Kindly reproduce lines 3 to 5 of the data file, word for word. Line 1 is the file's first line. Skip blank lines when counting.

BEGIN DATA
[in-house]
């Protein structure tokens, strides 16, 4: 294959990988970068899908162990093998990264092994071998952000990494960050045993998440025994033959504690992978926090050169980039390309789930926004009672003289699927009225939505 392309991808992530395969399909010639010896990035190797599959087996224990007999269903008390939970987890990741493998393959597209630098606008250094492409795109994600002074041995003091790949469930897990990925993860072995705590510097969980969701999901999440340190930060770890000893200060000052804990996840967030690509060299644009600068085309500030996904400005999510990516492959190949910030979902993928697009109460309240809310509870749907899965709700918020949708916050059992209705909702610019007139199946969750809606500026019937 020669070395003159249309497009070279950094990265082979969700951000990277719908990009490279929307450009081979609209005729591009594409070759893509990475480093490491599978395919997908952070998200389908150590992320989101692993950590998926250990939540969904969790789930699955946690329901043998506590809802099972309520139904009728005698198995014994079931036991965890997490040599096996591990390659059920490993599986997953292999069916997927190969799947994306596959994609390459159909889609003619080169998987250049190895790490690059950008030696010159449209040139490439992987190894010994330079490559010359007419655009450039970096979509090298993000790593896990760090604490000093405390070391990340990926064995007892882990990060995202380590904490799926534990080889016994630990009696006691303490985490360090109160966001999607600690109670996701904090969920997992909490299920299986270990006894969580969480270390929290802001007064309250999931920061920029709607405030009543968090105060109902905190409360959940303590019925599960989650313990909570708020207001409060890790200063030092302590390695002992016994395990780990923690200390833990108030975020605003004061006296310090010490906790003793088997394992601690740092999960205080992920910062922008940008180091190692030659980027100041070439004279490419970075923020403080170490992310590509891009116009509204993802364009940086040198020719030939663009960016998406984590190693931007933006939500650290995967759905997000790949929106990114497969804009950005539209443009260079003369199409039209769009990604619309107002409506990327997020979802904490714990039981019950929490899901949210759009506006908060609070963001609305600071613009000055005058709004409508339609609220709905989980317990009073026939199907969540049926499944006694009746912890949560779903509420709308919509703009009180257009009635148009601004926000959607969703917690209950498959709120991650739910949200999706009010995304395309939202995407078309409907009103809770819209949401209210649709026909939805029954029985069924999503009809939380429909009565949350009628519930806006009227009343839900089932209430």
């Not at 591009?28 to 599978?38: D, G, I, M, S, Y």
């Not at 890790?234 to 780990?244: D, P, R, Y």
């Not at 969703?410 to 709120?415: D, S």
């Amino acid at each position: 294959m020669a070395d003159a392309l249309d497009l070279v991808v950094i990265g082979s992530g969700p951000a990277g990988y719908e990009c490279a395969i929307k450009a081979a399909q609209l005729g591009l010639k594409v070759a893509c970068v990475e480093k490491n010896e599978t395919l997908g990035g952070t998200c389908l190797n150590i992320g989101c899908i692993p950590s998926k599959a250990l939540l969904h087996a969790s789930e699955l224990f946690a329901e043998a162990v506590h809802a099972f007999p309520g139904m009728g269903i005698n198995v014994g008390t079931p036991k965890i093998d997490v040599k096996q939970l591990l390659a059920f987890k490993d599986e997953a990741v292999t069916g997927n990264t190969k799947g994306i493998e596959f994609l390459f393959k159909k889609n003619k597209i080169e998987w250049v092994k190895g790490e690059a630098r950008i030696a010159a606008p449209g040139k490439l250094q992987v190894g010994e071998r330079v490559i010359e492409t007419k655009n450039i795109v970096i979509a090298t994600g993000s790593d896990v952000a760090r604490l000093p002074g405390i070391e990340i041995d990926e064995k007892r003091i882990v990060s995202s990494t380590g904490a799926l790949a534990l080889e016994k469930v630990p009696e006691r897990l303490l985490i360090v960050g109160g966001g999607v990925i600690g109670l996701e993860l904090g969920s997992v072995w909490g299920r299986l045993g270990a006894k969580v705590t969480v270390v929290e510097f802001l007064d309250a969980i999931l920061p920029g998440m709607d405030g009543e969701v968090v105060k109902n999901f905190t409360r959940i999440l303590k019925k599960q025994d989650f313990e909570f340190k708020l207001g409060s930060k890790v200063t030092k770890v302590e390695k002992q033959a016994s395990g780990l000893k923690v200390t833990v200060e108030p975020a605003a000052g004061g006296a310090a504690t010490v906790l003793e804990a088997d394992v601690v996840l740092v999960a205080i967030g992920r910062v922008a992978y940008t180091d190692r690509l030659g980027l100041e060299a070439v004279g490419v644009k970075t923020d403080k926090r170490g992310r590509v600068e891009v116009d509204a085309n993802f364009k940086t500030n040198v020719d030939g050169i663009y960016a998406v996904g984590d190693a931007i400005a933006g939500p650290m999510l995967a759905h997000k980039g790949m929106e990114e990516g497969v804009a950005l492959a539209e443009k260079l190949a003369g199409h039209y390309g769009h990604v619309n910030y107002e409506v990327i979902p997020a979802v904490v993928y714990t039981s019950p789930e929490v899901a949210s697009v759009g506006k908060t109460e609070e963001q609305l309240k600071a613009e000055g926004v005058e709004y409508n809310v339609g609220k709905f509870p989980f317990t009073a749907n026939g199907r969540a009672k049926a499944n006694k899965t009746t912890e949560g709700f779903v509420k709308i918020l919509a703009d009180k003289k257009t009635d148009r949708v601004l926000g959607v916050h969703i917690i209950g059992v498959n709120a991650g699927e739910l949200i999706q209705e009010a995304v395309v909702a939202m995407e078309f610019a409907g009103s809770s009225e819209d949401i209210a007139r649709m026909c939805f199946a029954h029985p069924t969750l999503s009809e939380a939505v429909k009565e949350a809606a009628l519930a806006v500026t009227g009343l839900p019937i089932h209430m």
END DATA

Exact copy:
């Not at 591009?28 to 599978?38: D, G, I, M, S, Y």
């Not at 890790?234 to 780990?244: D, P, R, Y």
């Not at 969703?410 to 709120?415: D, S």